Most studies on DUWL have been carried out in dental teaching hospitals; risks occurring during general dental practice (private dental clinics) have not been fully described, in special in relation to multidrug-resistant P. aeruginosa strains. The aim of the present study was to analyze the antimicrobial susceptibility of P. aeruginosa strains isolated from dental clinic environments and waterlines, as well to check the quality of the water employed in these units.




One hundred and sixty samples of water (from taps, ground tanks, bottles, high-speed drills and air/water syringes), and two hundred samples of the dental clinic environment (head lights, dental chairs, air/water syringes, high and low-speed drills) were colected from forty dental clinics of the city of Barretos, São Paulo, Brazil, during January to July, 2005. The dental clinics examined were chosen at random among major city areas and comprised 15 dental care aid centers, 8 municipal clinics of the public health system, and 17 private dental care clinics. The selected units were fed with tap water, ground tank water or bottled filtered water.

Water samples were taken from each chosen site, and 250 ml were placed in sterilized flasks; a solution of sodium thiosulfate to a final concentration of 10 ml/L was added to inactivate remaining disinfectants. Samples were placed in a box, kept at 4-8ºC and delivered to the laboratory within 3 h. Environmental samples were taken using swabs moistened with 3 ml of Brain Heart Infusion (BHI), and passed over the surface to be analyzed. After collection, tubes with the swabs were placed in a cooled box and stored in the laboratory.

Bacterial isolation and identification

The BHI tubes containing the swabs were incubated at 37ºC for 24h. The swabs were depleted on Pseudomonas Agar P (PAP) and Pseudomonas Agar F (PAF) plates and incubated at 37ºC for 24-48h.

All water samples were filtered through 0.55 µm (cellulose nitrate) analytical test filters (Fisher Scientific, Ireland), in order to collect the waterborne microorganisms. Membranes were removed from the funnel using sterile forceps and deposited on PAP or PAF plates and incubated at 37ºC for 24-48h. From each plate showing bacterial growth, three colonies presenting characteristics compatible with the Pseudomonas genus were randomly selected, stained by the Gram method, inoculated in Triple Sugar Iron (TSI) tubes and incubated at 37ºC for 24h. Isolates were submitted to identification by acetamide alkalinization, reduction from nitrate to nitrite and motility observation (2).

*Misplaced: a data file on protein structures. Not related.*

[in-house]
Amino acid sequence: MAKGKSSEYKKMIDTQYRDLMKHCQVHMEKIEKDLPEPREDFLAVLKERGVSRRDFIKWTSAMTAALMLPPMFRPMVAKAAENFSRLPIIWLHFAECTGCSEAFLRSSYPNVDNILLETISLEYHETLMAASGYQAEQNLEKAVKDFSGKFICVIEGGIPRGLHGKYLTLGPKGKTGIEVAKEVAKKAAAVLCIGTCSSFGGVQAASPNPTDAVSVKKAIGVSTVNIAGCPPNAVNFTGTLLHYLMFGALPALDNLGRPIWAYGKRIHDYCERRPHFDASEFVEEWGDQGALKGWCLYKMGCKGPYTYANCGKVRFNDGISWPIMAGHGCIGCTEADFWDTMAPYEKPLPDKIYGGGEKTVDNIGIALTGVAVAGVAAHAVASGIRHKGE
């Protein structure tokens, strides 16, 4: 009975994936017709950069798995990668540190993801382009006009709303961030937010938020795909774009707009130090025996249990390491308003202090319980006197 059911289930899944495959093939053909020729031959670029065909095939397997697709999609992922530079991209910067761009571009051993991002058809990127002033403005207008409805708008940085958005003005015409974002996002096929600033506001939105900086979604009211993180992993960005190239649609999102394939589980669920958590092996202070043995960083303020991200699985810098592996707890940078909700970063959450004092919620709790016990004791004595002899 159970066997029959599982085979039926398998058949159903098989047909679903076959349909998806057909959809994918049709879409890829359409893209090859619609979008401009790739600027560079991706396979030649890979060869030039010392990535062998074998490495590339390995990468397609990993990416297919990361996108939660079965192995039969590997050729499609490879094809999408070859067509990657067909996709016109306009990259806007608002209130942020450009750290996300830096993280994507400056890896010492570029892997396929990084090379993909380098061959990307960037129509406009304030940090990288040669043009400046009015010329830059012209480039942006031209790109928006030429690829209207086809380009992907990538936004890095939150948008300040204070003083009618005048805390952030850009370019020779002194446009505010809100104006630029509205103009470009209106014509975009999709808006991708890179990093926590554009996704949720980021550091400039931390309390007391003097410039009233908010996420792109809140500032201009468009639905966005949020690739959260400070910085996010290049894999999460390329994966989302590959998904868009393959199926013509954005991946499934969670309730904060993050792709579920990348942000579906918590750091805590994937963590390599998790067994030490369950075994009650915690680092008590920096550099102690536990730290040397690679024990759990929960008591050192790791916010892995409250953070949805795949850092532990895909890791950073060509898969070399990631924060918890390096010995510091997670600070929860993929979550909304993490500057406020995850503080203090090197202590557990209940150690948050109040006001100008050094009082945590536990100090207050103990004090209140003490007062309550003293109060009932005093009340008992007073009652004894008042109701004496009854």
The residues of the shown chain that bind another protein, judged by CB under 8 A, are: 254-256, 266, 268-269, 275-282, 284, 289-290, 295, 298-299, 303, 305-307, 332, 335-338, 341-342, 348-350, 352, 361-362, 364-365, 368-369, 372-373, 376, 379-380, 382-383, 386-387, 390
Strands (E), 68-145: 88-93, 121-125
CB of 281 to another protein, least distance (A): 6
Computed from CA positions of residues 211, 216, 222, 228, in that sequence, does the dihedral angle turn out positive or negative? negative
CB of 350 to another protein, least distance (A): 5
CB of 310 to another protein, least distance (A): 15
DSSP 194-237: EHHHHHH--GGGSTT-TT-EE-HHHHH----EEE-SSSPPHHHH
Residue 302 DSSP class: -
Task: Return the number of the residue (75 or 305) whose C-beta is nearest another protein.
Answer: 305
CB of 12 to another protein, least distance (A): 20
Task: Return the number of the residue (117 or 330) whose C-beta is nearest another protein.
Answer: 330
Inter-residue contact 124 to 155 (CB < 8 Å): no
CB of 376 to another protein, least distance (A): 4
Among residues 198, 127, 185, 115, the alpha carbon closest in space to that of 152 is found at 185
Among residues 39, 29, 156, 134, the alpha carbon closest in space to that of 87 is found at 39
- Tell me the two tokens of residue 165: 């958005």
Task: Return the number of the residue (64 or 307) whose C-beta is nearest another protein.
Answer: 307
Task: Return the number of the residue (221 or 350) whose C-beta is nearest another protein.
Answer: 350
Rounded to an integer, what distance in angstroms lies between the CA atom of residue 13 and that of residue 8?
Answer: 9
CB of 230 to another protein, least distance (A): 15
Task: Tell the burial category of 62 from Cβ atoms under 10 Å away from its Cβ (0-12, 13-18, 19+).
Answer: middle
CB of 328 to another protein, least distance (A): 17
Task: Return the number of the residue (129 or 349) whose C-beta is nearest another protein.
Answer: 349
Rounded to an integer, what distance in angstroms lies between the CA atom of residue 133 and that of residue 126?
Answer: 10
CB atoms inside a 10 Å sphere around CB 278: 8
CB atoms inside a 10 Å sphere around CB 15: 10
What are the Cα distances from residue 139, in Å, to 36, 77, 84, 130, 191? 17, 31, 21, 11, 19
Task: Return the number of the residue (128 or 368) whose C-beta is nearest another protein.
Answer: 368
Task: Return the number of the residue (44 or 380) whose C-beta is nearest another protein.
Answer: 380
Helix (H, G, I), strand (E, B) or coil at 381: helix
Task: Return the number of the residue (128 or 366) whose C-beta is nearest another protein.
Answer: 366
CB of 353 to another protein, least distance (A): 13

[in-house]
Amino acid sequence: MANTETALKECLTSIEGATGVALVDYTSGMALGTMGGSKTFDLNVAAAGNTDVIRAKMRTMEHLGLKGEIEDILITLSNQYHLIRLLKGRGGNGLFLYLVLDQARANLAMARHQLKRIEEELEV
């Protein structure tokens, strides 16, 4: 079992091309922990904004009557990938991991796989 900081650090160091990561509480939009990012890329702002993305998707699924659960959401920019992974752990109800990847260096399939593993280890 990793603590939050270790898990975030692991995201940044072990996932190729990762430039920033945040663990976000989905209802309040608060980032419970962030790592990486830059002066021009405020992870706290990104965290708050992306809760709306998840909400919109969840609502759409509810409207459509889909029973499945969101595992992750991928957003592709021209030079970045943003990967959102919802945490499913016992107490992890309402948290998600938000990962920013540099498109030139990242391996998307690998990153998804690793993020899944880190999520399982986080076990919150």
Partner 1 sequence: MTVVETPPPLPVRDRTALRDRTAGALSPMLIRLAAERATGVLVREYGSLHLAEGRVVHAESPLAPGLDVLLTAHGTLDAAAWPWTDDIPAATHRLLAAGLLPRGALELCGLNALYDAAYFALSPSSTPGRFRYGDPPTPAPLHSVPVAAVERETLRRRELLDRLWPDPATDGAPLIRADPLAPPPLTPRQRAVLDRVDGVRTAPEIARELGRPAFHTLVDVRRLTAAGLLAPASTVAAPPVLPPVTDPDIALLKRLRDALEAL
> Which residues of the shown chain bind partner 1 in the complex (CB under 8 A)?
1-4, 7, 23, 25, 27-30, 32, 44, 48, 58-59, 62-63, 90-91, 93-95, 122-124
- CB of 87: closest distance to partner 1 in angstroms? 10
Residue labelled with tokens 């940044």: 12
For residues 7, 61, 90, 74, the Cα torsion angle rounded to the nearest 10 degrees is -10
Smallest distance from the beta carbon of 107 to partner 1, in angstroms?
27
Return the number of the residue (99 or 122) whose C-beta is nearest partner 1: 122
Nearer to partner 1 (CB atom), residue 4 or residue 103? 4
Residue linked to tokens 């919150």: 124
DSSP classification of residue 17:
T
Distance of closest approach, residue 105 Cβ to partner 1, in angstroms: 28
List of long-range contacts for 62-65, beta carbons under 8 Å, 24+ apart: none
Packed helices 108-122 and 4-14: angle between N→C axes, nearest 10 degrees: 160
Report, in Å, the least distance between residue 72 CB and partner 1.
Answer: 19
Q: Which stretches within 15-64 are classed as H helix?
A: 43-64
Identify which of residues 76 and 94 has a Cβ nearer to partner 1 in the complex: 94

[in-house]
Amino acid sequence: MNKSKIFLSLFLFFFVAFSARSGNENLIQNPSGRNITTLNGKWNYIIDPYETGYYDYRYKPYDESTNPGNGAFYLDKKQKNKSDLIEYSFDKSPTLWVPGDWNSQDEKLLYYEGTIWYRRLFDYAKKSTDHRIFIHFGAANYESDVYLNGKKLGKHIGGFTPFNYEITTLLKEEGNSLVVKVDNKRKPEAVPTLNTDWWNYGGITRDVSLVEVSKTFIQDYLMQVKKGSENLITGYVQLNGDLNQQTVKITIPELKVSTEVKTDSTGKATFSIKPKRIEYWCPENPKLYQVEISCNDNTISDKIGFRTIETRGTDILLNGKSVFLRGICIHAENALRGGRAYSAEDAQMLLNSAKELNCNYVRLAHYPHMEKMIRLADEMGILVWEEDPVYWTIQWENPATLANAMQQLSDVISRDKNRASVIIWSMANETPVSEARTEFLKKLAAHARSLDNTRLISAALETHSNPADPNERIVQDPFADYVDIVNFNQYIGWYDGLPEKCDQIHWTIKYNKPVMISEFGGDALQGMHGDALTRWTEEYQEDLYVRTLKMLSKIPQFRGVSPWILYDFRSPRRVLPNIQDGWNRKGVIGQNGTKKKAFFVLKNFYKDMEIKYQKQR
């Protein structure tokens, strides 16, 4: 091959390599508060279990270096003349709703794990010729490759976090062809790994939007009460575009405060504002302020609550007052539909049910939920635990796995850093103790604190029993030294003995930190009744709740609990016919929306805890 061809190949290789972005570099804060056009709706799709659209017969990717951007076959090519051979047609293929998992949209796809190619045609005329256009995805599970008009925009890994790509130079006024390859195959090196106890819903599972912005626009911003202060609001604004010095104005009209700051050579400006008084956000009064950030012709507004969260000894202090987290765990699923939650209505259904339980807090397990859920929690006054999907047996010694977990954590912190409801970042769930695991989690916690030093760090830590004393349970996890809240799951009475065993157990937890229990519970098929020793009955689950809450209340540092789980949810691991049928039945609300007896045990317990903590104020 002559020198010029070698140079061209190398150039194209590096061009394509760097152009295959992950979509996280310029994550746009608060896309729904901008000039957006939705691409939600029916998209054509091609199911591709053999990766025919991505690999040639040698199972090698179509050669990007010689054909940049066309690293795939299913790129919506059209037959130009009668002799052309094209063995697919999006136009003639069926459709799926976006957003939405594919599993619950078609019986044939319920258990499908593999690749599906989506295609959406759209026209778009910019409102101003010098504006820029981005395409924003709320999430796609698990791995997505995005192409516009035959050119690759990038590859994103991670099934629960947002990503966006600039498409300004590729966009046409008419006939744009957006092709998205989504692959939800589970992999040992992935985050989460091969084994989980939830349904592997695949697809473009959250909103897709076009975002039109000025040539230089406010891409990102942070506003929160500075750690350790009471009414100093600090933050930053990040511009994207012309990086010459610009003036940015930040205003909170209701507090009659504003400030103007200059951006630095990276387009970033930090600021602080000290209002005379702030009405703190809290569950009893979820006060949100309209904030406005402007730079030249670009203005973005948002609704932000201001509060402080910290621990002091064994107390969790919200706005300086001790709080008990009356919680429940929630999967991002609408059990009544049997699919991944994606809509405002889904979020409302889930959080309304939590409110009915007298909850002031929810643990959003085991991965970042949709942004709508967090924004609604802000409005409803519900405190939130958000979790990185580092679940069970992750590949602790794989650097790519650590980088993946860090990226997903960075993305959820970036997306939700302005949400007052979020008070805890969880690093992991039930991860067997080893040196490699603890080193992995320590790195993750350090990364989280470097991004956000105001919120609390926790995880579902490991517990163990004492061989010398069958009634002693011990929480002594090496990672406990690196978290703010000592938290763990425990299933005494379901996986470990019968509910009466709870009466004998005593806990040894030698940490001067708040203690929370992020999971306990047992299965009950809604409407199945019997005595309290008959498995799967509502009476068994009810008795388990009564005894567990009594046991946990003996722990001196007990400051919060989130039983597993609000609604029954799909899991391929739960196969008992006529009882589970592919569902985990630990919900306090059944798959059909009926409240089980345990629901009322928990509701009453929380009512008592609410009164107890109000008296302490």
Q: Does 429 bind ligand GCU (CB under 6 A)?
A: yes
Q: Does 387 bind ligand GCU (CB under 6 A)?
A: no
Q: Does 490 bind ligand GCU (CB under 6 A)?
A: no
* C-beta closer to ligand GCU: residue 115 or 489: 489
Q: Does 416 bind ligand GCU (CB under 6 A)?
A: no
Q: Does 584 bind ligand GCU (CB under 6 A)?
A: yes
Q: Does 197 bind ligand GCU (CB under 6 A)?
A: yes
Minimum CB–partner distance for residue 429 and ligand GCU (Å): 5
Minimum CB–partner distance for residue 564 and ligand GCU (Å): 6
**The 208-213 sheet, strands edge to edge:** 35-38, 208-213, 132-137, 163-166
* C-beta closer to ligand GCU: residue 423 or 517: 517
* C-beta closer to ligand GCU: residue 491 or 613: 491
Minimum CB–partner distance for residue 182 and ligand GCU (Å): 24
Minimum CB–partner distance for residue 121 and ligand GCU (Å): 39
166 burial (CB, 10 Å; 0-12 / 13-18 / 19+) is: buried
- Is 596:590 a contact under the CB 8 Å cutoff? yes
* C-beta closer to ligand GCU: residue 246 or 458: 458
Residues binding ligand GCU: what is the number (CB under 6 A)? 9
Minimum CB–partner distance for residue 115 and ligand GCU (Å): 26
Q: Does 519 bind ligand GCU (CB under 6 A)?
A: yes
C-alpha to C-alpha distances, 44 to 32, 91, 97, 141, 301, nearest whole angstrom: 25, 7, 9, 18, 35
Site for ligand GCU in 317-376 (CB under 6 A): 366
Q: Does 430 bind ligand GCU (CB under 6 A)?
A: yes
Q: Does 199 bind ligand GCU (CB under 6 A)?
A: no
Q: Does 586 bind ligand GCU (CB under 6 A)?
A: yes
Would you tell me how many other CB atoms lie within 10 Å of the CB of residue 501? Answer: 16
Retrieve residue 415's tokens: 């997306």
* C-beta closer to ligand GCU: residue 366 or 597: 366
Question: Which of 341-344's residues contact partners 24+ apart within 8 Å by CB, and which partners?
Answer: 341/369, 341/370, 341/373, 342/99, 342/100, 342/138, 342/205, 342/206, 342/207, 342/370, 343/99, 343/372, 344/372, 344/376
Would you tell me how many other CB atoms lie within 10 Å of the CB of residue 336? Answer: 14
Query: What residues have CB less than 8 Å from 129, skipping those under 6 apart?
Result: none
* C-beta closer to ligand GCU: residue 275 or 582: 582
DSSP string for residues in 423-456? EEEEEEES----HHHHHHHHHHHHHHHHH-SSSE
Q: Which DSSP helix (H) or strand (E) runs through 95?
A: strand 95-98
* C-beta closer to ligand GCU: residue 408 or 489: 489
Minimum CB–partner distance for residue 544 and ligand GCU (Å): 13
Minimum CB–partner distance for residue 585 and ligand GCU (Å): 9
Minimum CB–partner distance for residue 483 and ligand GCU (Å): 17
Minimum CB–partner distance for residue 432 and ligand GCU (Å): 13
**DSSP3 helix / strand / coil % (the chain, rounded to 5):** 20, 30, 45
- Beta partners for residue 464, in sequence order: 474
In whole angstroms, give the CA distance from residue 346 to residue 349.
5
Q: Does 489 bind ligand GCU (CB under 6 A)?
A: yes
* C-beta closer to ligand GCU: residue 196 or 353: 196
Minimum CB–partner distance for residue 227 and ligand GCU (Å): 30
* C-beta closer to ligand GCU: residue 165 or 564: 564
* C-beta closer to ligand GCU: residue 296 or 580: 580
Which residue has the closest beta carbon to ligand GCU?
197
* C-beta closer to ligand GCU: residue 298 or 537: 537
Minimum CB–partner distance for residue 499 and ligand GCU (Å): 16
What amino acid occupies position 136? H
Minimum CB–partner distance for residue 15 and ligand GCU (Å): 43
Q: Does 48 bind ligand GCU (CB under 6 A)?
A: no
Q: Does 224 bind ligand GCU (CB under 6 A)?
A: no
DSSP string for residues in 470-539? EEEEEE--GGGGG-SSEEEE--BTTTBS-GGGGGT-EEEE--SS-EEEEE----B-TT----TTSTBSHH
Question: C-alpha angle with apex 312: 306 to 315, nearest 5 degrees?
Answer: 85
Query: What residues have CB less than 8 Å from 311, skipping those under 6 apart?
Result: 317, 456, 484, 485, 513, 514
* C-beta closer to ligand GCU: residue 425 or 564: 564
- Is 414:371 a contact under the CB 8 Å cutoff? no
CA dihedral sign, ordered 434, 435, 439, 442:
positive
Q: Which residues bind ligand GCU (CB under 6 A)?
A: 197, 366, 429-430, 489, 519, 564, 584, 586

Counting of viable bacteria

Total viable bacteria counts (TVC) were performed on decimal dilutions of the water samples, and considered to be definitive measurements of the total microbial contamination of the water passing through the dental unit water systems (DUWS). Samples were filtered as described above, and the collected cellulose nitrate filters deposited on Pseudomonas Agar P and incubated at 37ºC for 24-48h. Level of detection was of 10 CFU ml-1. Counts obtained were compared with the American Dental Association standards for DUWS (i.e < 200 CFU ml-1) (1).

Test of antibiotic susceptibility

Susceptibility to antibiotics was tested by the agar diffusion method (6), as recommended by the National Committee for Clinical Laboratory Standards- NCCLS (17). Only recognized antipseudomonal agents were evaluated, i.e., cephalosporins (ceftazidime), β-lactam-β-lactamase inhibitor combinations (ticarcilin/clavulanic acid, piperacillin/tazobactam), fluoroquinolones (ciprofloxacin), aztreonam and meropenem.



From the one hundred and sixty water samples and two hundred dental clinic environment samples, 76 (21.1%) P. aeruginosa strains were isolated: 5 (2.5%) from the environment and 71 (44.3%) from the water samples. Among the environment isolates, one came from a headlight, one from an air/water syringe, two from high-speed drills and one from a low-speed drill. Although data on microbial contamination of surfaces or instruments from dental clinics are scarce, available research results have shown their extensive contamination by hepatitis B surface antigen (20) and hepatitis C virus (21); additional results have shown a high degree of contamination of trolley surfaces with Staphylococcus aureus and β haemolytic Streptococcus (16).

Among water isolates, 12 came from tap water; 9 from ground tank, and 7 from bottle-fed water; these were jointly denominated the water reservoir; 21 isolates were from air/water syringes and 22 from high-speed drills. Table 1 shows the numbers of viable bacteria in water samples, found to be above the limit of 200 cfu/ml established by the American Dental Association (ADA) (1). Over 50% of the water samples analyzed had bacterial numbers above this standard. These figures agree with those reported by Walker et al. (30), showing that water supplies of 51% of the dental units in seven European Union countries exceeded the current ADA-recommendations for permissible levels of bacterial contamination. Table 1 also demonstrates that, from forty dental clinics of the city of Barretos, São Paulo, Brazil, in agreement with results reported by Souza-Gugelmin et al. (29) the number of P. aeruginosa cells in the water coming from dental equipment was lower than that coming from the water syringe and high-speed drill.